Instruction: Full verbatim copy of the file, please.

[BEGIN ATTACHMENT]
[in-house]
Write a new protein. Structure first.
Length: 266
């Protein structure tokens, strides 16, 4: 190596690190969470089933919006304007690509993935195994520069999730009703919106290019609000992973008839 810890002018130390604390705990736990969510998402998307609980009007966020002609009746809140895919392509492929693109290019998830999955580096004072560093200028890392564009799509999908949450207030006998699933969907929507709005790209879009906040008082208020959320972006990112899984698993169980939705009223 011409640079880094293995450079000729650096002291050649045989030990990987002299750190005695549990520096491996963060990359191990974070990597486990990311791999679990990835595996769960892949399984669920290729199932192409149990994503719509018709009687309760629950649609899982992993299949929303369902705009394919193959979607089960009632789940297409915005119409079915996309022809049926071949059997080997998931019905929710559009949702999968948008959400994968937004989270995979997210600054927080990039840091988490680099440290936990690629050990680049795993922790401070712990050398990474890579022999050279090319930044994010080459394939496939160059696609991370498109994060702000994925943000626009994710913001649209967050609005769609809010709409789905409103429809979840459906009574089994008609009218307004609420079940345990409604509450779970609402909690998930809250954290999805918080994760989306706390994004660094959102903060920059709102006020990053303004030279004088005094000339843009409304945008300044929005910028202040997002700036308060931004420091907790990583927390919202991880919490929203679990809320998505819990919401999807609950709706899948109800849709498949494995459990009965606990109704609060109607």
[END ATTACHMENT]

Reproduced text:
[in-house]
Write a new protein. Structure first.
Length: 266
């Protein structure tokens, strides 16, 4: 190596690190969470089933919006304007690509993935195994520069999730009703919106290019609000992973008839 810890002018130390604390705990736990969510998402998307609980009007966020002609009746809140895919392509492929693109290019998830999955580096004072560093200028890392564009799509999908949450207030006998699933969907929507709005790209879009906040008082208020959320972006990112899984698993169980939705009223 011409640079880094293995450079000729650096002291050649045989030990990987002299750190005695549990520096491996963060990359191990974070990597486990990311791999679990990835595996769960892949399984669920290729199932192409149990994503719509018709009687309760629950649609899982992993299949929303369902705009394919193959979607089960009632789940297409915005119409079915996309022809049926071949059997080997998931019905929710559009949702999968948008959400994968937004989270995979997210600054927080990039840091988490680099440290936990690629050990680049795993922790401070712990050398990474890579022999050279090319930044994010080459394939496939160059696609991370498109994060702000994925943000626009994710913001649209967050609005769609809010709409789905409103429809979840459906009574089994008609009218307004609420079940345990409604509450779970609402909690998930809250954290999805918080994760989306706390994004660094959102903060920059709102006020990053303004030279004088005094000339843009409304945008300044929005910028202040997002700036308060931004420091907790990583927390919202991880919490929203679990809320998505819990919401999807609950709706899948109800849709498949494995459990009965606990109704609060109607």